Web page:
Food Talk: Better U

University of Georgia SNAP-Ed

Overview

The Food Talk: Better U (FTBU) curriculum is a direct nutrition education and obesity prevention curriculum taught by paraprofessionals in a classroom setting and focuses on healthy weight management tailored for SNAP-Ed eligible adult Georgians. FTBU includes both nutrition and physical activity (PA) components as weight management and obesity prevention strategies and helps participants increase portion control, decrease intake of sugar-sweetened beverages, make small healthy “shifts” in everyday food choices, and increase PA consistent with the 2015 Dietary Guidelines for Americans, MyPlate guidance, and 2018 PA Guidelines for Americans. The curriculum is comprised of a series of four, 90-minute direct education classes that include the following elements: interactive learning activities, interactive sharing among participants, guided PA, cooking demonstrations and recipe tastings, goal setting, and food and/or PA tracking homework.

Target Behavior: Healthy Eating, Physical Activity and Reducing Screen Time

Intervention Type: Direct Education

Intervention Reach and Adoption

FTBU targets SNAP-Ed eligible adults in communities. Community sites for this implementation undergo initial site qualification and eligibility determination based on GIS using Census and free- and reduced-price lunch data. In FY2018, 45 sites/partners and 11 settings were eligible and used for FTBU implementation. A majority of FTBU participants (81.3%, 369/454) reported a household income <185% of the federal poverty line, and GIS analysis confirmed that FTBU participants live in areas with a high level of poverty.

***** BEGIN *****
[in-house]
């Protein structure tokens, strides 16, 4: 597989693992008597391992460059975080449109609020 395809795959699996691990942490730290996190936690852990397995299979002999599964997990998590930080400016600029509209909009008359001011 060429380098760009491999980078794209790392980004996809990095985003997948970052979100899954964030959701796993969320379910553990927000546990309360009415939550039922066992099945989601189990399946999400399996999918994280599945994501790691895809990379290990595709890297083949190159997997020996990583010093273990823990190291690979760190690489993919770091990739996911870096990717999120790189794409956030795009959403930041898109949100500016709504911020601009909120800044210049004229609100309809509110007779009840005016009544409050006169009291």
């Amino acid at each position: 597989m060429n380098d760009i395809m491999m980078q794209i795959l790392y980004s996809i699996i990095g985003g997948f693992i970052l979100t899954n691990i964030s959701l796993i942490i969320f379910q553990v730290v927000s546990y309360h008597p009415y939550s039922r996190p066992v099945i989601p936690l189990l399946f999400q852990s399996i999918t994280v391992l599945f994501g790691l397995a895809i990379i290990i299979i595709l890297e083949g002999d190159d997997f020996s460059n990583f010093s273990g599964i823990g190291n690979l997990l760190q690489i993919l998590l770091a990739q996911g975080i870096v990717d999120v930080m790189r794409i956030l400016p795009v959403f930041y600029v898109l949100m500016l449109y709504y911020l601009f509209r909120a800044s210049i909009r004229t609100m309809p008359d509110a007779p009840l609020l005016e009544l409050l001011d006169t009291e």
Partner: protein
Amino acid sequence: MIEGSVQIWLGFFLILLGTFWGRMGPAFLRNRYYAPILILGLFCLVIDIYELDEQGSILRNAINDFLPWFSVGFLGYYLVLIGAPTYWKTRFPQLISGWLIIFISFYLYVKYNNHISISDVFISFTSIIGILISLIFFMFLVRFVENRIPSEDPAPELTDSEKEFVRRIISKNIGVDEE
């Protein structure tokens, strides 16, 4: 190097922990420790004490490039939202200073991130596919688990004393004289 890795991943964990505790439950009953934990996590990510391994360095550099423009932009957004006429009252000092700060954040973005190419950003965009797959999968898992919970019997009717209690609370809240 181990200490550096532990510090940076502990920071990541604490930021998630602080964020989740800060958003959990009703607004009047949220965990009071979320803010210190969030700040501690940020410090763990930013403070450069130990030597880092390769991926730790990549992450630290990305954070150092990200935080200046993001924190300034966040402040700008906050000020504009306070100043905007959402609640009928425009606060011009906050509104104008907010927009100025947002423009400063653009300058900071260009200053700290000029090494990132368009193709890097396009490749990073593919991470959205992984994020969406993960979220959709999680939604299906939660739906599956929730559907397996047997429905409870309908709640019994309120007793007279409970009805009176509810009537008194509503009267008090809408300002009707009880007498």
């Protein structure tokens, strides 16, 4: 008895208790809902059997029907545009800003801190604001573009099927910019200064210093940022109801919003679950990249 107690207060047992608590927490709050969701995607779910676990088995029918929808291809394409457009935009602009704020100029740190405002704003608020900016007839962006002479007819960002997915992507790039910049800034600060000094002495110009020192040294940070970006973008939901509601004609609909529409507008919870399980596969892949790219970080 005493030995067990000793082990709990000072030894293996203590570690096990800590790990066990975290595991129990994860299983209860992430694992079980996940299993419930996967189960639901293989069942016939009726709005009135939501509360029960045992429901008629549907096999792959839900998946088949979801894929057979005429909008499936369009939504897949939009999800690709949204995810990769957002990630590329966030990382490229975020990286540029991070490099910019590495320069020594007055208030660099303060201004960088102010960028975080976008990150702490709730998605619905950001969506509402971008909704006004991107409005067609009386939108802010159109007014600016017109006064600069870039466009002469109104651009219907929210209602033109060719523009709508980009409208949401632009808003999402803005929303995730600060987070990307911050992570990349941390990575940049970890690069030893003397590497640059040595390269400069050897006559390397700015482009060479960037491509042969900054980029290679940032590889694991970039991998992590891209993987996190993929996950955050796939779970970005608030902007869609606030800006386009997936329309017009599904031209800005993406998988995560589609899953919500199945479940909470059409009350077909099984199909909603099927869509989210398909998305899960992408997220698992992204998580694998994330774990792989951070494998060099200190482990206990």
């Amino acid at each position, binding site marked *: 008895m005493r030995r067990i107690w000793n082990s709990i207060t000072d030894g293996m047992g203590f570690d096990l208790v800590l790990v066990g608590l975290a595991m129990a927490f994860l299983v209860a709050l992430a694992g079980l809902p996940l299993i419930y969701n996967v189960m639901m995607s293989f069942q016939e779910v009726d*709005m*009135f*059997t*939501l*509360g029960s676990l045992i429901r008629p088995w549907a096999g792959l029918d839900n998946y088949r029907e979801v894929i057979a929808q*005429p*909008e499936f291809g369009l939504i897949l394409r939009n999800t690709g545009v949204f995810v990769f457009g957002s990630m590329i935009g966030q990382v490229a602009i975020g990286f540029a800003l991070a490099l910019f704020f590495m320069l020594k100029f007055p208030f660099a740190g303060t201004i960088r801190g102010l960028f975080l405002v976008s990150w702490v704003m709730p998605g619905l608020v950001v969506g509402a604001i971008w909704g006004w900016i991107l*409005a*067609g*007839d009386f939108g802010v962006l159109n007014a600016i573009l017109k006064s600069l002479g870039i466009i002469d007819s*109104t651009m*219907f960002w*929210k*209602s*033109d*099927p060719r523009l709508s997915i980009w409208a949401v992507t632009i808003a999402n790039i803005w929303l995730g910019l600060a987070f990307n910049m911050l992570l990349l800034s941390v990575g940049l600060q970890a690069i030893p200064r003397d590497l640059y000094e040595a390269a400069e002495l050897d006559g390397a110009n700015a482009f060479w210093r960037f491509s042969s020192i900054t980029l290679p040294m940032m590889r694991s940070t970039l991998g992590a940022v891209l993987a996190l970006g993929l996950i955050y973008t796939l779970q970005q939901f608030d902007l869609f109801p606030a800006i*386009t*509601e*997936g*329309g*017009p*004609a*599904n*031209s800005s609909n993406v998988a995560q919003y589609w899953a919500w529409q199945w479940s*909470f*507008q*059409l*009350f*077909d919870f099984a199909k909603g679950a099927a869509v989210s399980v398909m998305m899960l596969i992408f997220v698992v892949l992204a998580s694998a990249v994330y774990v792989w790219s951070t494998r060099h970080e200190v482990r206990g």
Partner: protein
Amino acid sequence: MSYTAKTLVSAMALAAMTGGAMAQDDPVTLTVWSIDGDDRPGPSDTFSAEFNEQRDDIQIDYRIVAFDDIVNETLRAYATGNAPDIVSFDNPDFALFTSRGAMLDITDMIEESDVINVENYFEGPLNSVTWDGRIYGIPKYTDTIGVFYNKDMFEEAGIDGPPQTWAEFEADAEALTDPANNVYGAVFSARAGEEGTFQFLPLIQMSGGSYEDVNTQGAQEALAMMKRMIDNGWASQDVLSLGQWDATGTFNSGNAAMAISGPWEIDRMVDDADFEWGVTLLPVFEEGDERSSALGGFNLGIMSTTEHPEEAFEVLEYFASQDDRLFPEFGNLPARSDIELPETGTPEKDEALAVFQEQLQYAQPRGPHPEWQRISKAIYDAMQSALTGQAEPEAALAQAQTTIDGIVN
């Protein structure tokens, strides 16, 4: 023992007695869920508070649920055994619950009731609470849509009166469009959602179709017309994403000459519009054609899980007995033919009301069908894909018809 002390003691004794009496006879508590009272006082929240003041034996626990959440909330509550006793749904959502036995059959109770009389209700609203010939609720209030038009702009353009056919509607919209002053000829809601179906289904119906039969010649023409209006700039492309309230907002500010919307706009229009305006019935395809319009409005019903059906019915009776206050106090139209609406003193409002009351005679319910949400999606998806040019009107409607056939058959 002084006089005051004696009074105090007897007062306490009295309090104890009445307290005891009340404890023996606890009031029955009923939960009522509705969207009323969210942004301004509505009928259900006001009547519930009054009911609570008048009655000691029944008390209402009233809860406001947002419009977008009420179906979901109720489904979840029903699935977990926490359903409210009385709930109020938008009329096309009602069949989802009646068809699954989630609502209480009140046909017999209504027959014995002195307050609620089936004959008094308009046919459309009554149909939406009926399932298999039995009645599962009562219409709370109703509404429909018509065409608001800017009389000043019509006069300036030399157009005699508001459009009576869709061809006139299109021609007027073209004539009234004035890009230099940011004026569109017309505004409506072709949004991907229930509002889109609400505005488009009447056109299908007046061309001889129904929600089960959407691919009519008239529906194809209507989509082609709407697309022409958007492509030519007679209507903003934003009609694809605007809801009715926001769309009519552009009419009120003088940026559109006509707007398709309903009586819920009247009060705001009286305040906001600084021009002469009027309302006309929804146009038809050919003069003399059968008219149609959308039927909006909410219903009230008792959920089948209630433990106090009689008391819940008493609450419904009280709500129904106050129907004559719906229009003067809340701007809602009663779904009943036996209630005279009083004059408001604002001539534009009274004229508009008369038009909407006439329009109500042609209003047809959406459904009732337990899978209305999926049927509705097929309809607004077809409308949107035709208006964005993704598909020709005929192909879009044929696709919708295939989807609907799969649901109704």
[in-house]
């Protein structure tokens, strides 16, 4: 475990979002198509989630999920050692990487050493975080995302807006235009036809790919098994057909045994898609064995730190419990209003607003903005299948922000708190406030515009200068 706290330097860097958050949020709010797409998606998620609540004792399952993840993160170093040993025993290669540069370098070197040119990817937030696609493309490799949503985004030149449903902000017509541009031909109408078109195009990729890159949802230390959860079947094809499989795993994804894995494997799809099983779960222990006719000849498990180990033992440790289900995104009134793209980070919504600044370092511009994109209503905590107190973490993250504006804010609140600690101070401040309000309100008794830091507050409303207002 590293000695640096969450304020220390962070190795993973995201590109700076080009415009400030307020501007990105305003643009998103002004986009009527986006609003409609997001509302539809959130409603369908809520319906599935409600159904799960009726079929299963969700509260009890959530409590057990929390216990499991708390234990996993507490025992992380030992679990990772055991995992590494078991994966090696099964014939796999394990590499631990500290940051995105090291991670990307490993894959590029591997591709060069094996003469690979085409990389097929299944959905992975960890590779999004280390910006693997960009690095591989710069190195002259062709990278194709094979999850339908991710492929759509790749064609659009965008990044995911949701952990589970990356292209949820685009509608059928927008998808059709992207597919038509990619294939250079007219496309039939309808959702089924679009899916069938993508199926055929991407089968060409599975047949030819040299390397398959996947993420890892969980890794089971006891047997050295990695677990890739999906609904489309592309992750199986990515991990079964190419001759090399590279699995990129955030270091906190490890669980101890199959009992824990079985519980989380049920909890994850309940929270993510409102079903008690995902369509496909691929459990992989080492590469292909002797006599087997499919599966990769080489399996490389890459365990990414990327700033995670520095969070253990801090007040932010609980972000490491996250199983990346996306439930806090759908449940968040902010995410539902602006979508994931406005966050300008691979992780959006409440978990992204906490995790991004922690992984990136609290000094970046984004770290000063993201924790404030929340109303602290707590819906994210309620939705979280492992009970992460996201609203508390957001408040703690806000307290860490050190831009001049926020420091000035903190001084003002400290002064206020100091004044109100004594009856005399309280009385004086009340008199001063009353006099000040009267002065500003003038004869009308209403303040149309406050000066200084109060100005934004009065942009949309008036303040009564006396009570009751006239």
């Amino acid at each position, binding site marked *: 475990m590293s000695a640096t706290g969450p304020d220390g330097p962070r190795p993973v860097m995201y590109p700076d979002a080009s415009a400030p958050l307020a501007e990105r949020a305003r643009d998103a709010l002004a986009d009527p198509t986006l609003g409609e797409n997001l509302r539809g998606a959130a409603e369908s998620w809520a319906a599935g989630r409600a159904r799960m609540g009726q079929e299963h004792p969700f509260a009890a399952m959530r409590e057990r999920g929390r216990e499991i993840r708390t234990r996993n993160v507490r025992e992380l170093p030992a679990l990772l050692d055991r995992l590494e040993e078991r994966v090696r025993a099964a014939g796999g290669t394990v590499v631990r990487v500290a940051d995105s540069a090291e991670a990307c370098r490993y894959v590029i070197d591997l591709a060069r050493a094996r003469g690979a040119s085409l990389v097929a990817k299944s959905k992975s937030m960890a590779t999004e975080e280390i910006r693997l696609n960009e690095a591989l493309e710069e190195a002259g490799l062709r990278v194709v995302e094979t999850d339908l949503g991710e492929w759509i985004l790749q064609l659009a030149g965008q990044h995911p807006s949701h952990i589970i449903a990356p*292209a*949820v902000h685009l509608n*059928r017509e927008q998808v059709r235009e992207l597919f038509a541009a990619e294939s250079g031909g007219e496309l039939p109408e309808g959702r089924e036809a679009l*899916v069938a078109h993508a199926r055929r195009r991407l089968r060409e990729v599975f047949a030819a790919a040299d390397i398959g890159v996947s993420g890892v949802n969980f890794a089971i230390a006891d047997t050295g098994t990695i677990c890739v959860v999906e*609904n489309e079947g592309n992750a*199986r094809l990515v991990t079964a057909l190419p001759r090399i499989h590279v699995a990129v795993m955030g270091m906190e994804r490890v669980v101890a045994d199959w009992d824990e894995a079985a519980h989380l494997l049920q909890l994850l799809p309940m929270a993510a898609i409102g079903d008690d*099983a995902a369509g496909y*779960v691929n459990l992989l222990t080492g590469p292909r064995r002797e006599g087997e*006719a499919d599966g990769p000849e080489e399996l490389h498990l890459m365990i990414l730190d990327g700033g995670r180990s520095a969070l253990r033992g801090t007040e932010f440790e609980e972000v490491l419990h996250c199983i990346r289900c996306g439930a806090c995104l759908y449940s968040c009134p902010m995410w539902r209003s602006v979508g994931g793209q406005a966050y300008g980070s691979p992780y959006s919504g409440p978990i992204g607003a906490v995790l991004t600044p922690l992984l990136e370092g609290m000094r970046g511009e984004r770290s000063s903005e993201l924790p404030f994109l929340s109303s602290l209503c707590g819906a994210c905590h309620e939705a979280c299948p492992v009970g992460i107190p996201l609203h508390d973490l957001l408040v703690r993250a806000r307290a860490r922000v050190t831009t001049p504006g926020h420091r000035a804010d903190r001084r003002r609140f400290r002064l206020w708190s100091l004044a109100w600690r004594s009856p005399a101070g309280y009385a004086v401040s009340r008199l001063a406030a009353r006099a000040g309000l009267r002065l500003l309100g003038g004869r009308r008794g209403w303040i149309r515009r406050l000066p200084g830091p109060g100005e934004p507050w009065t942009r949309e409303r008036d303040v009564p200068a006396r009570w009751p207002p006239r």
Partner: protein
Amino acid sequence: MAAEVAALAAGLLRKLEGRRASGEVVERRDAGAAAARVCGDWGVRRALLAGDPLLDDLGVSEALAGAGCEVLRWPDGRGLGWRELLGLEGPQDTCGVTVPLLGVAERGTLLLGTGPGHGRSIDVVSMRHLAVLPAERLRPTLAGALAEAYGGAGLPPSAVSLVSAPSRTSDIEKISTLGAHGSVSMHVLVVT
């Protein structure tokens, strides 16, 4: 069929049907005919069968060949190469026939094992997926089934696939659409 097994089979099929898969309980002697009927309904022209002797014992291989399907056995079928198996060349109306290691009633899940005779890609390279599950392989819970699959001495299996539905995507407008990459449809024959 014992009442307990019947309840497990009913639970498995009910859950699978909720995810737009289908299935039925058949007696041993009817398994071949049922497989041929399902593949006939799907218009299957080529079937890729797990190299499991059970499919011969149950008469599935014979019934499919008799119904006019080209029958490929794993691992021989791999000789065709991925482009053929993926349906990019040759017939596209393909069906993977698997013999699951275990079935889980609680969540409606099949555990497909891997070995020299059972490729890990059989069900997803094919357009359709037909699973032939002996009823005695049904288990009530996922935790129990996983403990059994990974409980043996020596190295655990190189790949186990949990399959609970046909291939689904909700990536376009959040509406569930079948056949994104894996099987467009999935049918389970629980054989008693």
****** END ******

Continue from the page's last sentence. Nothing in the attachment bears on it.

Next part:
Setting: Community (Live)

Target Audience: Pregnant/Breastfeeding Women, Parents/Mothers/Fathers, Adults, Older Adults

Race/Ethnicity: All

Intervention Components

FTBU includes 6 components:

  1. Interactive learning activity: aim is to convey the main nutrition concepts in a fun, interactive manner.
  2. Interactive sharing among participants: aim is to build an intra-class sense of community and accountability.
  3. Guided PA: aim is to demonstrate easily replicated physical activities that can be done at home with a minimum of equipment thereby increasing total daily minutes of PA.
  4. Cooking demonstration and recipe tasting: aim is to impact the number of times a week participants choose to cook and eat at home thereby improving nutrient intake and potentially reducing caloric intake.
  5. Goal setting: aim is to harness the potential of personal goal setting in encouraging positive behavior change around food tracking, physical activity, and intake of sugar-sweetened beverages.
  6. Food and/or PA tracking homework: aim is to provide tools and structure around moving toward long-term behavior change and meeting goals.

Intervention Materials

Materials associated with the FTBU direct education curriculum include the following: 4 teaching scripts, 4 take-home booklets, 4 evaluation surveys, posters to assist with a food recall activity, sharing session cue cards, sweet enough flip book, food and beverage cards for sweet enough activity, table tents for taste and rate activity, 5 skit scripts for what gets in the weigh activity, sign-in form, graduation certificate, fillable recruitment flyer, and trifold brochure.

Intervention Materials